1st Apr 2020

Centre-left wins in Croatia, scores well in Slovenia

  • Croatians voted for the left-leaning Kukuriku coalition led by Zoran Milanovic (Photo: Kukuriku coalition)

Elections on Sunday (4 December) brought to power a left-leaning coalition in Croatia, as predicted, but delivered a surprise result in neighbouring Slovenia, where a new centre-left party led by a businessman mayor exceeded all expectations.

In Croatia, the centre-left Kukuriku (cock-a-doodle) coalition led by Zoran Milanovic is predicted to win 78 seats in the 151-seat parliament. Named after the restaurant where the alliance was forged, but also symbolising a 'new dawn', the Kukuriku alliance was set to win effortlessly as corruption scandals had marred the ruling centre-right Croatian Democratic Union (HDZ).

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"We may make mistakes, but we must not stand still. There will be no excuses," 45-year old Milanovic told supporters on Sunday evening as exit polls indicated his victory.

Outgoing Prime Minister Zadranka Kosor, whose former party chief and premier Ivo Sanader is currently on trial for corruption and embezzlement of party funds, had to stomach the loss despite having secured the country's EU membership, from 2013.

Her party has been in government 16 out of the 20 years since Croatia became independent after Yugoslavia collapsed, in 1991. Still in office until January, Kosor will however be in Brussels on Friday for the formal signature of the membership treaty and sit with all other 27 EU leaders.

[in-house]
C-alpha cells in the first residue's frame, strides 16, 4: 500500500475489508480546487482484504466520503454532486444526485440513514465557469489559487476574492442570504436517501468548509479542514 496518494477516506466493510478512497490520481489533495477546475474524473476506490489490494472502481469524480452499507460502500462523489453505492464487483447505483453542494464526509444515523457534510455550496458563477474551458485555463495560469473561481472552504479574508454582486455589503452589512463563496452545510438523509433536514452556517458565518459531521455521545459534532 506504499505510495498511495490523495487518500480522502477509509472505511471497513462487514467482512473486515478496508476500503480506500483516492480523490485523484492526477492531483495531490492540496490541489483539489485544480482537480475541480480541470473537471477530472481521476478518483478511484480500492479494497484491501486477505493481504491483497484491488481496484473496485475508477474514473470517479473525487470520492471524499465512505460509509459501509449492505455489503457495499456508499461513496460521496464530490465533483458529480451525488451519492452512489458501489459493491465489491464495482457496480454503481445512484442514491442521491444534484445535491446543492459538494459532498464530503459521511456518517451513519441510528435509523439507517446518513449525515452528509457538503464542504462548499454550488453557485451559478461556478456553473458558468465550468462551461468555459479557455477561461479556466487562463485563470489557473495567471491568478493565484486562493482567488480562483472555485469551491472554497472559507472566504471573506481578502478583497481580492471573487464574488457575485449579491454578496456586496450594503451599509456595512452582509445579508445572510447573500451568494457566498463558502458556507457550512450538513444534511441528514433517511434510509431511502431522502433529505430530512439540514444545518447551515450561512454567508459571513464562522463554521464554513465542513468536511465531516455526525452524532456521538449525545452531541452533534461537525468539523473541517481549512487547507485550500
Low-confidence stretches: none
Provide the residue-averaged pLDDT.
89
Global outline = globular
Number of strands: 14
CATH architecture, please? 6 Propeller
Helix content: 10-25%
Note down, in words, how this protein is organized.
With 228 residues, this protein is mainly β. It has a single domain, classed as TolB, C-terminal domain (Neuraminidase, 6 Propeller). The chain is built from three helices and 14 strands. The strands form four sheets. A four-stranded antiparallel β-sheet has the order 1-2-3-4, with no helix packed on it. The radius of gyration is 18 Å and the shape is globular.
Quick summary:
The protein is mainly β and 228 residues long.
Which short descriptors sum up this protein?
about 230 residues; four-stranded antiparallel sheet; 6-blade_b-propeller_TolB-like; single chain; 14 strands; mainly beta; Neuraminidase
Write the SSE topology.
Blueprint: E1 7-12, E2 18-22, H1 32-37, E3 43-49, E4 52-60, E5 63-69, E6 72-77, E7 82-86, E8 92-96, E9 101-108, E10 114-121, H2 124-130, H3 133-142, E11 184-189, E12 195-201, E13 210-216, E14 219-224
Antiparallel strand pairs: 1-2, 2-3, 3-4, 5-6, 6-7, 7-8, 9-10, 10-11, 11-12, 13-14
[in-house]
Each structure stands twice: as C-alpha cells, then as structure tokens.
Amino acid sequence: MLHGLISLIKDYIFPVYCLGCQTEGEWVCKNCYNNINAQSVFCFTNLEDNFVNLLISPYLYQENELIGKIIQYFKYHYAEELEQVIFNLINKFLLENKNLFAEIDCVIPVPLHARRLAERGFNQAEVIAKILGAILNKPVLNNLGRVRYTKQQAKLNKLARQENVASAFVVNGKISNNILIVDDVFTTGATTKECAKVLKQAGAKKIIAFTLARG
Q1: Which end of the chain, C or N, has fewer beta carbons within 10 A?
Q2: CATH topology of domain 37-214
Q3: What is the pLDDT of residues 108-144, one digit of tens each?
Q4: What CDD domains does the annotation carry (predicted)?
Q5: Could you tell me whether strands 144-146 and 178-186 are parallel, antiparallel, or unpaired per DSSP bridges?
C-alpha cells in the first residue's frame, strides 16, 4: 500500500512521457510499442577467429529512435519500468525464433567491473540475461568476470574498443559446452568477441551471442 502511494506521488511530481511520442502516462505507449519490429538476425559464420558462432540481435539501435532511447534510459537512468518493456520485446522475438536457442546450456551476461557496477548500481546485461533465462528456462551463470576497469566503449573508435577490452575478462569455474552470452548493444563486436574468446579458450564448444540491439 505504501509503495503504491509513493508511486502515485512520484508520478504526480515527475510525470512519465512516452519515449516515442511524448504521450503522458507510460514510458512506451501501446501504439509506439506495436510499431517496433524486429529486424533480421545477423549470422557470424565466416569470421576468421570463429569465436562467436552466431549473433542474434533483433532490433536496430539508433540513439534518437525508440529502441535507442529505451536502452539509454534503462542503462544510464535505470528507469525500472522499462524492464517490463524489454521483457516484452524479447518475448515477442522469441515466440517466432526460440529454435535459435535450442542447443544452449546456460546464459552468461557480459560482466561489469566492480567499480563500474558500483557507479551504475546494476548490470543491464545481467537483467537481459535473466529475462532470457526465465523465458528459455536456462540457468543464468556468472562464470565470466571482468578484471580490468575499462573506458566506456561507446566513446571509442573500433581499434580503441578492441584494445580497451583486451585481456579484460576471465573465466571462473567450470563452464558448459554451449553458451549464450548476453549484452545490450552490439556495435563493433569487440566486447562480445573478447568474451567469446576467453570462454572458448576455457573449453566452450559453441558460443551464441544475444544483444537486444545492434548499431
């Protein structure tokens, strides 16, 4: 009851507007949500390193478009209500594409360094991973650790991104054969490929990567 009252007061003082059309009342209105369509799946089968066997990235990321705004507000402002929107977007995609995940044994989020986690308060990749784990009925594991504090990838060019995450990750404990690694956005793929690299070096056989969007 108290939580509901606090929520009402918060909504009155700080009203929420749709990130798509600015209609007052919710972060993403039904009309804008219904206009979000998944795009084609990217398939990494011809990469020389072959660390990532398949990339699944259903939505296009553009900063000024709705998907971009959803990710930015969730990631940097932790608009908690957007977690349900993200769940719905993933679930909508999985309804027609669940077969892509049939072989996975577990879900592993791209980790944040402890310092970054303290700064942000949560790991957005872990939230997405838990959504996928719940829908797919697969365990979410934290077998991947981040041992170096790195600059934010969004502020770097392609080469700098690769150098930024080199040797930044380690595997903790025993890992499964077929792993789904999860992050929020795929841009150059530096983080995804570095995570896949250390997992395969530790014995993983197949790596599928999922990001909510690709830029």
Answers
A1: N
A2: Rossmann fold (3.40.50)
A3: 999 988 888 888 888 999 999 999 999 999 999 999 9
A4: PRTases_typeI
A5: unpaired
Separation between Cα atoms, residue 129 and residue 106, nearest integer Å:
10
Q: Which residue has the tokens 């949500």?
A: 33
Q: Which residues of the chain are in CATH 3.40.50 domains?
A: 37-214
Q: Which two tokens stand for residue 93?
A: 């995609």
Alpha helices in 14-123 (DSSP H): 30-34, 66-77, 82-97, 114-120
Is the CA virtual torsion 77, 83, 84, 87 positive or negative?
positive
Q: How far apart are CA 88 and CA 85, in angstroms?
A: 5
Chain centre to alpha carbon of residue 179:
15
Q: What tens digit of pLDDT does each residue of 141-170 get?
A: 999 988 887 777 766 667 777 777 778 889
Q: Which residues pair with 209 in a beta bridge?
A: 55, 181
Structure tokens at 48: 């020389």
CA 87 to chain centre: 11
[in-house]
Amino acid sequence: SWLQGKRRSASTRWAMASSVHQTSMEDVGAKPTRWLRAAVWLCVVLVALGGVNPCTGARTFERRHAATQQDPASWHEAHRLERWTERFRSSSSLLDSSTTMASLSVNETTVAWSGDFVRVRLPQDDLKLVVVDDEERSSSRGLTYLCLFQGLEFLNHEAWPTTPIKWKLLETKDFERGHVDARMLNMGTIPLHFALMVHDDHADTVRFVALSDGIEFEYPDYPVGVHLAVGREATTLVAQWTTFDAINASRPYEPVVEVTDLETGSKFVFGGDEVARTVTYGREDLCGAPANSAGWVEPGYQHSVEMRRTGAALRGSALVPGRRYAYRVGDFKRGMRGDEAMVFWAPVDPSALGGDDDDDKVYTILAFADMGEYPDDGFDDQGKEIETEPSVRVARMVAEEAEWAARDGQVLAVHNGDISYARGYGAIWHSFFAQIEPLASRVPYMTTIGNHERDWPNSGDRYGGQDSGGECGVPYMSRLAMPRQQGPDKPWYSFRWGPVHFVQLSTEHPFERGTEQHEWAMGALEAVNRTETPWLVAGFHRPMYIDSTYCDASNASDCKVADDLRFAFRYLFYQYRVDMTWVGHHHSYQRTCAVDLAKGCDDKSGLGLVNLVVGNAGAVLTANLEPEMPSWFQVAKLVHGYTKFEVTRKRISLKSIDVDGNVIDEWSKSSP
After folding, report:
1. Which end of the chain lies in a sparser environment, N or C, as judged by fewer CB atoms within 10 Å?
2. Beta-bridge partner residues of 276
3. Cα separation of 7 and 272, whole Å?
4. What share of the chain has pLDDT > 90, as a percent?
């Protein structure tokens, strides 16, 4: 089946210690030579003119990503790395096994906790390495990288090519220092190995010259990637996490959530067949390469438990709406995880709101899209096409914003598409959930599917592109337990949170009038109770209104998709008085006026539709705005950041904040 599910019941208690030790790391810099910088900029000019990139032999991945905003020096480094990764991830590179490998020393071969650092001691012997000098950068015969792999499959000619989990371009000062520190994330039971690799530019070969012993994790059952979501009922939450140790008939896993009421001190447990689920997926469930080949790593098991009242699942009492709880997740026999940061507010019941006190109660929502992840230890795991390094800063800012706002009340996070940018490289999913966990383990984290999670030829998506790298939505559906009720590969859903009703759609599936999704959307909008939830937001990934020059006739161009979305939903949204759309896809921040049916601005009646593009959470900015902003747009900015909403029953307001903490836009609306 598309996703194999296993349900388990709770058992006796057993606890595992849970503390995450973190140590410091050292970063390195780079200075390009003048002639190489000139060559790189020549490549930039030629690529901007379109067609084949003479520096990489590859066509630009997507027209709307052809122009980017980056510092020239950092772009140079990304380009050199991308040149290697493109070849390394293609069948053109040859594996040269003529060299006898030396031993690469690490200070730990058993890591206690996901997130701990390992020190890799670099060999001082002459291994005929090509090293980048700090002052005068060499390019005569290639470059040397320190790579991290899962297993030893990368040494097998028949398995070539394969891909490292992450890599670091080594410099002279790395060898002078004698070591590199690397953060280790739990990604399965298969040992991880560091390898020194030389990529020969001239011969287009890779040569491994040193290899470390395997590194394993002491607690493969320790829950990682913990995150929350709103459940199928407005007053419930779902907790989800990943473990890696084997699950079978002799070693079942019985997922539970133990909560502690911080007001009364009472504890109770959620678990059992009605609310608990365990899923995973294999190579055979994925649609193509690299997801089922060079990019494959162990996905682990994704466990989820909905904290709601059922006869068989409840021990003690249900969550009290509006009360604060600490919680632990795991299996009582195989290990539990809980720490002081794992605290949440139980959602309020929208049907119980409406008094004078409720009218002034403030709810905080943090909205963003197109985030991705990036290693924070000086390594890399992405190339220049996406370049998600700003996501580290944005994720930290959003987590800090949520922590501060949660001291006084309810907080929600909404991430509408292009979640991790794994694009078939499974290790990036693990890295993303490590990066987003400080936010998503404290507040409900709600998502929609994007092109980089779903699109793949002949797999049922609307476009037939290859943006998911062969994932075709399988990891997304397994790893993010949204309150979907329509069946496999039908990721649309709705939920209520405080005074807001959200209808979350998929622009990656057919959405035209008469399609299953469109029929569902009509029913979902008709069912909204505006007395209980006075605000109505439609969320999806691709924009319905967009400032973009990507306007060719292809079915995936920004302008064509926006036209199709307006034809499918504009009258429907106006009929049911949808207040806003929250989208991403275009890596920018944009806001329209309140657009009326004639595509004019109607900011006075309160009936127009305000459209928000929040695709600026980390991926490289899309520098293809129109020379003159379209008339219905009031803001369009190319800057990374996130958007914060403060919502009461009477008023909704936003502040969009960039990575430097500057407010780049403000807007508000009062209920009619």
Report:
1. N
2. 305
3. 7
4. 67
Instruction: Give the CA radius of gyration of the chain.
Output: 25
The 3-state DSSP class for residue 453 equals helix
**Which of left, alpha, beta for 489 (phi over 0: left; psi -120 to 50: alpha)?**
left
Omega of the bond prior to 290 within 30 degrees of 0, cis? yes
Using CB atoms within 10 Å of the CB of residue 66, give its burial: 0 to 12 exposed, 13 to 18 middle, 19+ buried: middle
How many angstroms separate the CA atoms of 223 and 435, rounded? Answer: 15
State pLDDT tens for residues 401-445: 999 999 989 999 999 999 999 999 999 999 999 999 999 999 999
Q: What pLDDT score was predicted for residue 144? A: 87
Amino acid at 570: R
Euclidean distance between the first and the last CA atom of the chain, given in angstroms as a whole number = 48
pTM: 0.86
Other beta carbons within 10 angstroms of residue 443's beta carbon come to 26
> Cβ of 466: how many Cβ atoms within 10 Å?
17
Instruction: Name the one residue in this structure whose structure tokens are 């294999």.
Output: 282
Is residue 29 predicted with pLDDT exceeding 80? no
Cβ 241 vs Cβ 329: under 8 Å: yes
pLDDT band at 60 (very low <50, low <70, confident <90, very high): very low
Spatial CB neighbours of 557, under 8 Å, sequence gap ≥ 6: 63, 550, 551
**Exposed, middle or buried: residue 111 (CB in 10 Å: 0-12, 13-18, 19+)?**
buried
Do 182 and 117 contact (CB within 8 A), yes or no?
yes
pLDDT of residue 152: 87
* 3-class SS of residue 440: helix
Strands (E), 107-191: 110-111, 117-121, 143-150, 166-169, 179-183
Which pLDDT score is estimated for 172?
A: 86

Kosor had so far staunchly resisted that Croatia asks the International Monetary Fund and the EU for a loan, but Milanovic has indicated he would not rule it out as a "last resort." The Croatian economy is barely out of recession, but growth perspectives have been slashed down for next year due to the knock-on effect of the eurozone crisis.

Meanwhile, in neighbouring Slovenia, voters surprisingly backed the centre-left party of Zoran Jankovic, mayor of Ljubljana and former head of a supermarket chain. His Positive Slovenia party won 28.5 percent, ahead by more than two points of former conservative premier Janez Jansa's Democratic Party, tipped as a winner by all pollsters. Jankovic's victory came even more as a surprise as his party was founded only seven weeks ago.

Since no party won enough votes to govern alone, assembling a coalition to control at least 46 seats in the parliament will prove challenging. A possible centre-left coalition of Positive Slovenia and the Social Democrats of outgoing Prime Minister Borut Pahor would require at least one more partner.

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